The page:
Wellington Operatic Society’s production of ‘Guys and Dolls’ which opens for a week’s run at The Wellesley on Wednesday 10th May is a first for the company. The show – one of musical theatre’s classics – has never before featured in the company’s repertoire over the last 55 years.
There’s little doubt that the show presents a particular set of challenges. The music is jazzy, brassy and strictly syncopated; the characters are all larger-than-life, simplified and exaggerated versions of their real-life counterparts in 1920’s lower Manhattan that writer Damon Runyon knew and drew on for his short stories; the settings require the audience to be taken to New York’s much less glamorous haunts (including a sewer), to the tawdry glitz of seedy Havana and to a Mission Hall – and to travel between them effortlessly.
OpSoc’s production hits some very high notes – particularly in the performance of Caz Redstone as the beguiling, ditzy Miss Adelaide who manages to be both sexy and sweetly naive at the same time. Her study of the Hot Box girl’s hopeless devotion to the serial procrastinator Nathan Detroit is beyond good and in both visual and vocal characterisation a genuinely classy act. There have been some eye-catching performances from OpSoc’s stars over the years but this must rank alongside the very best. Caz’s Miss Adelaide is cute, innocently funny, silly, endearing, irritatingly shrill, overly optimistic – in dialogue (the scene where she confesses a series of fictions to deceive her mother is just delightful) and in her glorious vocal numbers.
Her ‘backing group’ of the Hot Box girls provide pitch-perfect prettiness, presenting both allure and purity in their song and dance routines. ‘A Bushel and a Peck’ and ‘Take Back Your Mink’, both choreographed by Charlie Redstone, are cheekily coy and saucy – and very well-drilled. They are also beautifully costumed as appealing, pink coquettes.
As Miss Adelaide’s earnest but slippery beau Nathan Detroit, John Skittell gives a strong performance, particularly when he makes use of a range of physical details to express the role’s various frustrations and agitations. Nathan’s scenes with Miss Adelaide make much of the character’s conflicts, run ragged between catering for the needs of his long-suffering fiancée and his low-life gang.
That ‘gang’ – the crapshooters – are a mixed bunch, some able to present caricatured dim-witted, greasy hustlers (Colin Marshall is a gum-chewing standout) and some less confident in their roles. Perhaps there is more work still to be done in terms of costuming but, fedoras apart, there seems to be an inconsistency in suit-style. In scenes when these differences are more muted by low lights and stage business – particularly in the scene where the ‘sinners’ attend the Mission to be ‘saved’ – the gang works as a unit and builds collectively to the important visual and vocal crescendos in ‘The Oldest Established’ and ‘Sit Down You’re Rockin’ the Boat’.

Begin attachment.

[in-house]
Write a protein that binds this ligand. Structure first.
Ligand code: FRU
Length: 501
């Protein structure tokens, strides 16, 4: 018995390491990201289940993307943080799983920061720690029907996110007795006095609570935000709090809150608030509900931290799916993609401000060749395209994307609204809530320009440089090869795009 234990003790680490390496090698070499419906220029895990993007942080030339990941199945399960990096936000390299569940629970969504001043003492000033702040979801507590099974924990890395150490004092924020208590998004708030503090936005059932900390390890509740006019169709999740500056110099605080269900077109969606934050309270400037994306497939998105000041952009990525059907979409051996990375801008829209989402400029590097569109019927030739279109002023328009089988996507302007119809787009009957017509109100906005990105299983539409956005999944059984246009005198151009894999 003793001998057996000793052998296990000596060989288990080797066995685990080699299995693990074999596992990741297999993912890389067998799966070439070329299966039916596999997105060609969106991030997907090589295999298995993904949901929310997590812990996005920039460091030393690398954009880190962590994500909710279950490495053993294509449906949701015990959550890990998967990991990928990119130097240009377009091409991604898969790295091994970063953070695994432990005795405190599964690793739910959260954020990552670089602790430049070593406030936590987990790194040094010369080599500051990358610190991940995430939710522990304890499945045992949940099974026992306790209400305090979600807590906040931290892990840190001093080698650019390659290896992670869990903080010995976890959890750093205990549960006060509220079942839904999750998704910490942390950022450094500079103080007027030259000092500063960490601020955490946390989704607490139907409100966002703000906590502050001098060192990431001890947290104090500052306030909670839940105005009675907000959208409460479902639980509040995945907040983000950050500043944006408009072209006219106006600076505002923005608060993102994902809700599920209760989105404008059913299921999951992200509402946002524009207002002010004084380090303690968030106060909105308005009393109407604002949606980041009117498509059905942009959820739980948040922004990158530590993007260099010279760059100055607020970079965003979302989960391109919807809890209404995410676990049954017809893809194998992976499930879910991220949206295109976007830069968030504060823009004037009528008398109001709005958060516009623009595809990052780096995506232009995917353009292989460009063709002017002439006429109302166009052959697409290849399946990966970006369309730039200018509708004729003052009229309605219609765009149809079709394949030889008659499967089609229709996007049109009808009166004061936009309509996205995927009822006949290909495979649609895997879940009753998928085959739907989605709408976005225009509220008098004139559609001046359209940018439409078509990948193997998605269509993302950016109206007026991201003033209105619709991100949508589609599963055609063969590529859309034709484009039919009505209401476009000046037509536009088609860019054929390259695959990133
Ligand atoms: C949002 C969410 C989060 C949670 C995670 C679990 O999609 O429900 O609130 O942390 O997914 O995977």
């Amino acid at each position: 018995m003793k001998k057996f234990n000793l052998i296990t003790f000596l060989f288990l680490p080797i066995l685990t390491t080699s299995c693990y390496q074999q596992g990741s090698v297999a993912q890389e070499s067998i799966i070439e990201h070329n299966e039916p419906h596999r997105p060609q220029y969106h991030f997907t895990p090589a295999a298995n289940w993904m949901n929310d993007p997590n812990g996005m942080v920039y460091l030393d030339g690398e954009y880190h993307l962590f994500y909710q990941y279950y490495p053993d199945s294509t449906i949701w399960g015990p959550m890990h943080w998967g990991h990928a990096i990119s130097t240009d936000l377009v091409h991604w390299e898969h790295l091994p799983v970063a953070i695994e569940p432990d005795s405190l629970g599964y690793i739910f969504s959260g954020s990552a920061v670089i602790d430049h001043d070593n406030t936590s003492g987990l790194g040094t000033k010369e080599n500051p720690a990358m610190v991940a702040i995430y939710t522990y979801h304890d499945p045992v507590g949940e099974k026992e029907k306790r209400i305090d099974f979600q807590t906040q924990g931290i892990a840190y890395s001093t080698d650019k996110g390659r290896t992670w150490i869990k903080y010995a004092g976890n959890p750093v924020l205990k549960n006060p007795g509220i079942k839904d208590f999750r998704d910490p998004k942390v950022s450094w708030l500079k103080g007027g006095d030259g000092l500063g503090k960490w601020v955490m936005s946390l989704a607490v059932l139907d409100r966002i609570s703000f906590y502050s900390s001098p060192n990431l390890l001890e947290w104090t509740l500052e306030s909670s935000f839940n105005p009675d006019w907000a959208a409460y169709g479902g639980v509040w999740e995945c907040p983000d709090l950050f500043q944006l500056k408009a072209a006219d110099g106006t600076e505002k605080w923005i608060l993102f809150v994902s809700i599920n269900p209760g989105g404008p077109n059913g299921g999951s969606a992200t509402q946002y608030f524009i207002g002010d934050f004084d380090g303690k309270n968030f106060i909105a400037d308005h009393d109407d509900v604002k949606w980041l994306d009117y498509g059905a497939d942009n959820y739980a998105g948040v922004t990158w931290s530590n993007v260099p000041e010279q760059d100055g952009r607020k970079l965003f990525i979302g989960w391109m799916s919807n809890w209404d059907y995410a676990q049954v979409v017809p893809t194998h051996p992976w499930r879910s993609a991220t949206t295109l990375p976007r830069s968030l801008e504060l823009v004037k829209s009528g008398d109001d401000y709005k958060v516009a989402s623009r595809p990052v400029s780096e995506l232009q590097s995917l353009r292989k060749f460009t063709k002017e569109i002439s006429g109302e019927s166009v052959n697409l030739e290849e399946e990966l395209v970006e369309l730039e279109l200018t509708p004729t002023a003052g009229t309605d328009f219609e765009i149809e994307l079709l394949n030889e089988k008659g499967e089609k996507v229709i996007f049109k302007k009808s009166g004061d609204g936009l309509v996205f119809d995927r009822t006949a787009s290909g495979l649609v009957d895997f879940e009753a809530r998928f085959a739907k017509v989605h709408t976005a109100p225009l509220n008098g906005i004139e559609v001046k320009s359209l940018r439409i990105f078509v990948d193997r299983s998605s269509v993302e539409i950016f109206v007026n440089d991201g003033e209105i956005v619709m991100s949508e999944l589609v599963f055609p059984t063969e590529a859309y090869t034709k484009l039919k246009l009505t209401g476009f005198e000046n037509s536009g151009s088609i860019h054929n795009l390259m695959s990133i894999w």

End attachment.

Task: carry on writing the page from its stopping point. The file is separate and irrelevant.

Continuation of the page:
As the other romantic pairing – gambler Sky Masterson and prim evangelical Sarah Brown – Sebastian Langkamer and Lizzie Harvey-Longley bring their accomplished, polished vocal skills to the roles and are at their best when delivering their solos. As a couple they have some fine moments when his suave charm and her earnest resistance are stressed – but they have some tricky times in the Havana scene when the demands of integrating dialogue, movement, business and musical timing are at their most taxing. Are they convincingly attracted to one another? Is Lizzie convincingly ‘intoxicated’ in Havana? Should she be ‘plainer’ rather than obviously made-up in the Mission scenes? Audiences will be better able to judge once the rough edges of the dress rehearsal are smoothed out – and they will both surely gain in confidence during the week.
There’s a delightful cameo introduced into the earnestly sincere Salvation Army when slow-moving Lesley Darlow follows the band – but at an ever-increasing distance.
Visually, the setting and lighting add much to the show. A series of backcloths convey the essential aspects of each location and ingenious ways of indicating the depths of the Manhattan sewer are found. The use of the curtain to hide some scene changes presents a few awkward moments and, with audiences now familiar with open stages, not wholly necessary but there’s undoubtedly drama in strong lighting effects once the tabs are open.
Nancy Powell-Brace’s direction maintains the pace of the show throughout and she brings a wealth of experience in drama and performance to this production. She has an equally experienced and willing team in support, particularly Musical Director Richard Lennox. His virtuosity and the strict tempo he maintains both at the keyboard and in galvanising his band impose an accentuated rhythm to the production as a whole. There’s lots of detailed musical moments to incorporate and, if tinkerings are still to be undertaken, they will happen before the curtain rises for the first time.
As ever, it’s worth paying tribute to the countless hours spent by the whole OpSoc company to bring their annual spring musical to the stage. Everyone involved has other commitments – but they all contribute their undoubted talents and unbounded enthusiasm for drama to this and every production. For these merits alone they more than deserve the applause that will be theirs this week, but even more will come from the appreciation of talents brought to the stage in this show.